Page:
I didn't read the whole thread, but there really aren't people who are going to say (with a serious face), "One reason why I don't want to play the new edition of Dungeons & Dragons make-believe world fantasy game is because the Monster Manual doesn't have frost giants." Right...?

Frost. Giants.

There are what, dozens and dozens of different critters in the book.

The lack of frost giants is a reason why you're going to pass a new edition of an RPG? What if your 3e MM was damaged and the page where frost giants are described was destroyed - you wouldn't abandon the game altogether, right?

I mean come on...! Frost giants. You got plenty of other giants!
True, it may seem like a strange reason to avoid an edition of the game, but on the other hand, it sure is a really strange thing to drop. When I think giants, the first thing I think of are frost giants and fire giants. After that, hill and stone giants. This goes back to the old "Against the Giants" series. They've always been there from 1E through to 3.5. Not having them in the main monster manual is just weird. It would be like not having a red dragon in the monster manual. And perhaps those decisions as to what is in and what is not are indicative of basic problems in the decision making processes at work. Why give us some kind of forgettable new monster with a sword for an arm and drop a classic monster that just screams D&D to the old timers. If one of the goals is to move old timers forward to the new edition, you'd think they would keep as many of the iconic trappings as they could in the game.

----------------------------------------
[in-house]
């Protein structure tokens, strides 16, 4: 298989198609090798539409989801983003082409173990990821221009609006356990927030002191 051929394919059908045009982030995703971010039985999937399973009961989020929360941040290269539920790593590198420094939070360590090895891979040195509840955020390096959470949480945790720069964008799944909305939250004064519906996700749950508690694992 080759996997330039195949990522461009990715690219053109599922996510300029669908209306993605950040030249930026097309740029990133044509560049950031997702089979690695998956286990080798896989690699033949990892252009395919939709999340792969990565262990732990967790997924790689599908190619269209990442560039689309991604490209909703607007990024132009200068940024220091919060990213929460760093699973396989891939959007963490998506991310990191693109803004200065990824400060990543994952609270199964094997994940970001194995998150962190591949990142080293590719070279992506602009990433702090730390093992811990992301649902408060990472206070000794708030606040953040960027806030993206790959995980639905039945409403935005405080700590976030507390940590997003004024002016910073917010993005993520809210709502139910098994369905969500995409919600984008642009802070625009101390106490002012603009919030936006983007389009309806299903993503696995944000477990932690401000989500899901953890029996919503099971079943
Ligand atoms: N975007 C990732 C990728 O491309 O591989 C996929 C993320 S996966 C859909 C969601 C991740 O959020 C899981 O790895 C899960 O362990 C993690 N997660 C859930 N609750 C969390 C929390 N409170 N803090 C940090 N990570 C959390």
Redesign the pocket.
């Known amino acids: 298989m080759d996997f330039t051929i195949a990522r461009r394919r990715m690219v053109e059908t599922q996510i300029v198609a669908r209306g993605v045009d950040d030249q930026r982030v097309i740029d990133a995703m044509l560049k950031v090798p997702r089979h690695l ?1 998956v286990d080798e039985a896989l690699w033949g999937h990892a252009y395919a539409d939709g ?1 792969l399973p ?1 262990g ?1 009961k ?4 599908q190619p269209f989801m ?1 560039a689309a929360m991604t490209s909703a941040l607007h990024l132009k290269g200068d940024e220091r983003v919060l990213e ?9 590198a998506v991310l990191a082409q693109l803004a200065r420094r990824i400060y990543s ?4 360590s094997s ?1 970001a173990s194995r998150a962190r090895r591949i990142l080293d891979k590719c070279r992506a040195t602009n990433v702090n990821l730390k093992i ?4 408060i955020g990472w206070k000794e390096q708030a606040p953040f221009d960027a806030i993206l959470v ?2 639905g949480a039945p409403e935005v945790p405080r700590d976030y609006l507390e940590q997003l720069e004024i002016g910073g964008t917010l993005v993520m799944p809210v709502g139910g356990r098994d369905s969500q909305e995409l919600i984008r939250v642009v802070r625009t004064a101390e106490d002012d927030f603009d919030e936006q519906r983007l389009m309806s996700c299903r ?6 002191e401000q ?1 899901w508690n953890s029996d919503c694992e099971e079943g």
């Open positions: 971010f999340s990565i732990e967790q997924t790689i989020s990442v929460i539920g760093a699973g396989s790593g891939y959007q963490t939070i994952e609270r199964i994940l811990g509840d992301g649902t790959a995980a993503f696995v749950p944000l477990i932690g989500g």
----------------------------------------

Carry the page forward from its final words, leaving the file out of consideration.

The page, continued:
pawsplay

Adventurer
Baen said:
I personally wouldn't feel incredibly bad if the only way to gain two weapon fighting was through ranger multiclass.

Until Drizzt came along, two weapon fighting had nothing to do with rangers. Prior to him, a ranger would wield either the blade of Isuldur, some kind of quarterstaff, or a bow. I have a hard time picturing many samurai, many if not most historical fighters, some gladiators, and the majority of duelists during the heydey of the rapier as rangers or multiclass rangers.